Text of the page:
Inglewood City Council to Vote on NFL Stadium Plan

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The 80,000-seat football stadium and related office and retail development being proposed in Inglewood would boost that city's budget by $18.7 to $28 million a year over the next 15 years, while creating manageable traffic and environmental impacts.

St. Louis Rams Owner Stan Kroenke's apparent purchase of a 60-acre parking lot in Inglewood raises the possibility that the NFL could be returning to L.A. (Dilip Vishwanat / Getty Images / January 17, 2012)

That's according to reports commissioned by Inglewood officials ahead of a vote on the plan that could come as soon as Tuesday night. The quick environmental and fiscal impact studies -- which were ordered in lieu of a full environmental review -- paint a picture of a project that would be transformational for the South Bay city's $85-million annual budget.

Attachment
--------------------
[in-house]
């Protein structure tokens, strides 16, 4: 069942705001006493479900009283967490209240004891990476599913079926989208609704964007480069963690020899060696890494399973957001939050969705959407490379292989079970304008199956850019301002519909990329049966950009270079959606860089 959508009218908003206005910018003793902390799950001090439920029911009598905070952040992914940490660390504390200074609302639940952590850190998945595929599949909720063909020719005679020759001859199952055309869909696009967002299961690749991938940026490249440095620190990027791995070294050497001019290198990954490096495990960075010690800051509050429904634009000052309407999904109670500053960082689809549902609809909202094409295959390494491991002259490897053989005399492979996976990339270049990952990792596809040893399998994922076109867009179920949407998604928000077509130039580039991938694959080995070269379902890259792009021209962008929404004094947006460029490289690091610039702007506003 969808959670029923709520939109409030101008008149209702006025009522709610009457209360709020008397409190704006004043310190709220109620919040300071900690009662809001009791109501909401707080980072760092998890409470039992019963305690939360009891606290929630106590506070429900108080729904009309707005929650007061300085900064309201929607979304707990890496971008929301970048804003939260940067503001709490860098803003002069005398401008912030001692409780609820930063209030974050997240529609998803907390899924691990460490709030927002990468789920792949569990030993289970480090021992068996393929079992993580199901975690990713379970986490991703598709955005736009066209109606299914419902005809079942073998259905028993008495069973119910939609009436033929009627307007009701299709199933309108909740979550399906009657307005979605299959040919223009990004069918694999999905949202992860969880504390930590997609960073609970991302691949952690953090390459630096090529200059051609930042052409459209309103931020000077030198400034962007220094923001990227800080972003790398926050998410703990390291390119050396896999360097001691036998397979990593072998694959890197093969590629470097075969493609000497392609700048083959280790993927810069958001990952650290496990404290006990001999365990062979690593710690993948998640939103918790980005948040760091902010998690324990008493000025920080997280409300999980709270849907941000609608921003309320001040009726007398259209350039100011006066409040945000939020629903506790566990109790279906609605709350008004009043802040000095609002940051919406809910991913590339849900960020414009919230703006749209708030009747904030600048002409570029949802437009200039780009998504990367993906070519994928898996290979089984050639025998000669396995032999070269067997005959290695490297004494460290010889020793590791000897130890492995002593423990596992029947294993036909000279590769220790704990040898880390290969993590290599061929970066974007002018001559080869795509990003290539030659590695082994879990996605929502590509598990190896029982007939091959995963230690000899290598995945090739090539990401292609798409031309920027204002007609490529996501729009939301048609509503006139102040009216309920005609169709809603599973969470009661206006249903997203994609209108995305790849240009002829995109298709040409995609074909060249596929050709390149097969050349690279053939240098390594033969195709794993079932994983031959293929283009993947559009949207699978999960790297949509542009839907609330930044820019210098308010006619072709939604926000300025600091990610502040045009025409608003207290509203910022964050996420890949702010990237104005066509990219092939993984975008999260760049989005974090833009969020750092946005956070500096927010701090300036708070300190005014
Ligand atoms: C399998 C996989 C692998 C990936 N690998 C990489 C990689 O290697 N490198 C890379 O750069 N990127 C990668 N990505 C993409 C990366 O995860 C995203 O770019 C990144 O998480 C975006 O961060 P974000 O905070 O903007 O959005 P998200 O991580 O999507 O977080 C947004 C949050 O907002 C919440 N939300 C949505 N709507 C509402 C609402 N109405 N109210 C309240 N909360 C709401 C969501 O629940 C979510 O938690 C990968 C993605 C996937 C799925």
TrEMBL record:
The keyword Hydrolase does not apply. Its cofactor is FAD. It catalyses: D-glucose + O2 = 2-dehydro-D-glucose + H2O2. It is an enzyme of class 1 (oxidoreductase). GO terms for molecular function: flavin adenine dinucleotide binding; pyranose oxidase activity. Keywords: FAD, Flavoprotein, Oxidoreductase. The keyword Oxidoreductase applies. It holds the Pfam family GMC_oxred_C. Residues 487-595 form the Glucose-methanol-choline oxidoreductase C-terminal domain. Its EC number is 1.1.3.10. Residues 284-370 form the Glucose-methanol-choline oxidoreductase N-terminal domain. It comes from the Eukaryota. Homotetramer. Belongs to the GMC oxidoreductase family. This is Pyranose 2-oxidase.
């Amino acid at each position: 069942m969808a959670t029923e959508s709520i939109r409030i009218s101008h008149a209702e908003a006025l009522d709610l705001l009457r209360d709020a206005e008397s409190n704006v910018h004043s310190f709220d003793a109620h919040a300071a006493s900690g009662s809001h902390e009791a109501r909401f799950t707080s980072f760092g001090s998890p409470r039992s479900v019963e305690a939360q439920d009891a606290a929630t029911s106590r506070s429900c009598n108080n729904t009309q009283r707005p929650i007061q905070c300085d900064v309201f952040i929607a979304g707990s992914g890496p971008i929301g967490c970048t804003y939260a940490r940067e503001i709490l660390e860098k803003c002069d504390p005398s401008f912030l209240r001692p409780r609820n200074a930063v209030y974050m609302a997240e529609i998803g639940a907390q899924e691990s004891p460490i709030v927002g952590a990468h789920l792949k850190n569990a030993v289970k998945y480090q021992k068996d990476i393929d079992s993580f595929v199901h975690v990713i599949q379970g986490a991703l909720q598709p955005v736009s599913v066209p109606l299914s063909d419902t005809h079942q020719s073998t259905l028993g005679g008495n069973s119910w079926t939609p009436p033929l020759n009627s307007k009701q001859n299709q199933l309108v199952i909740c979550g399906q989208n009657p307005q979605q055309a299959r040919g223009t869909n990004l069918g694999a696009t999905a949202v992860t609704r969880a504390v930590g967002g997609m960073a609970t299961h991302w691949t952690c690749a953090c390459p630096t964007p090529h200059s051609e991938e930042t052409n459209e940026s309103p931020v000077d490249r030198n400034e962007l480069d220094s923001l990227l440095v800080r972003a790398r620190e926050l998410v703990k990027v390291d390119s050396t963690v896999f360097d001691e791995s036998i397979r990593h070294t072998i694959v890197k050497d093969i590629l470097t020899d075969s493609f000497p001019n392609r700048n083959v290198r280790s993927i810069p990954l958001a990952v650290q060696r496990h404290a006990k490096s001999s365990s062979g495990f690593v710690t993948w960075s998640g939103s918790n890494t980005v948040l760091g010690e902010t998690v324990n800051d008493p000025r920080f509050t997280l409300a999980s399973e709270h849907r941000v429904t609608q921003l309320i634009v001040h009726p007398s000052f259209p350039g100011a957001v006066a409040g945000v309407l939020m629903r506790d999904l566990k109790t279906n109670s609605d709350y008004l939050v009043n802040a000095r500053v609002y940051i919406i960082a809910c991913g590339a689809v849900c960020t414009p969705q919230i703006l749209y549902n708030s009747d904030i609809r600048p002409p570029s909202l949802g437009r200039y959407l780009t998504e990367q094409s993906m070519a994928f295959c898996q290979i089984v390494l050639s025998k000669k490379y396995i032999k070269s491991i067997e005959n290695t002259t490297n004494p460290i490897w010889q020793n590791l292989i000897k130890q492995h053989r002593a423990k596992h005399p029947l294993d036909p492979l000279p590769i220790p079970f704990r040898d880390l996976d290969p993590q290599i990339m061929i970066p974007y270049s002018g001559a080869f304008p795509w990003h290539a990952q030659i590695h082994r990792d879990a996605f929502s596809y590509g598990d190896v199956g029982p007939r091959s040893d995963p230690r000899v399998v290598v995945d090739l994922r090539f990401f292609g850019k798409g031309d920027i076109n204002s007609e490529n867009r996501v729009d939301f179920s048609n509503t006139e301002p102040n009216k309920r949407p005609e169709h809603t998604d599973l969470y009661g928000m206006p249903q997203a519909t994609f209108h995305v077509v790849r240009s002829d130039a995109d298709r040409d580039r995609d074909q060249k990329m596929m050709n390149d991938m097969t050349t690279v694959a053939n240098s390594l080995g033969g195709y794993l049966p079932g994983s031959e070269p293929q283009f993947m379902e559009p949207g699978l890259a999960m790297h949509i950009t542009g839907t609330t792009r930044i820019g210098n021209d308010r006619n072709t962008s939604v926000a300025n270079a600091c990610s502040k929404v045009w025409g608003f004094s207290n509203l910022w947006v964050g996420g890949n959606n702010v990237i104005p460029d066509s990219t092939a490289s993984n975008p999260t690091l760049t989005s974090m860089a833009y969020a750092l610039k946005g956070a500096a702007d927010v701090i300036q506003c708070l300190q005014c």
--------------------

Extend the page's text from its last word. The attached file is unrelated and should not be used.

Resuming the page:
Taxes from the stadium and a performing arts center, along with new tax money generated by a large shopping center and office buildings on the site, would pump $670 million into Inglewood's general fund over the next 25 years, if projections by development consultants HR&A Advisors pan out. Although much of the money would come from admissions taxes from events at the stadium, there would also be new property and sales taxes as well.

Over those 25 years, Hollywood Park Land Co. would also recoup about $260 million in tax money off the project. Although the deal pledges no public funds will be spent upfront on the stadium, it allows for the developers to be paid back the cost of roads, sewers and other infrastructure, plus some game-day services such as security and parking shuttles.

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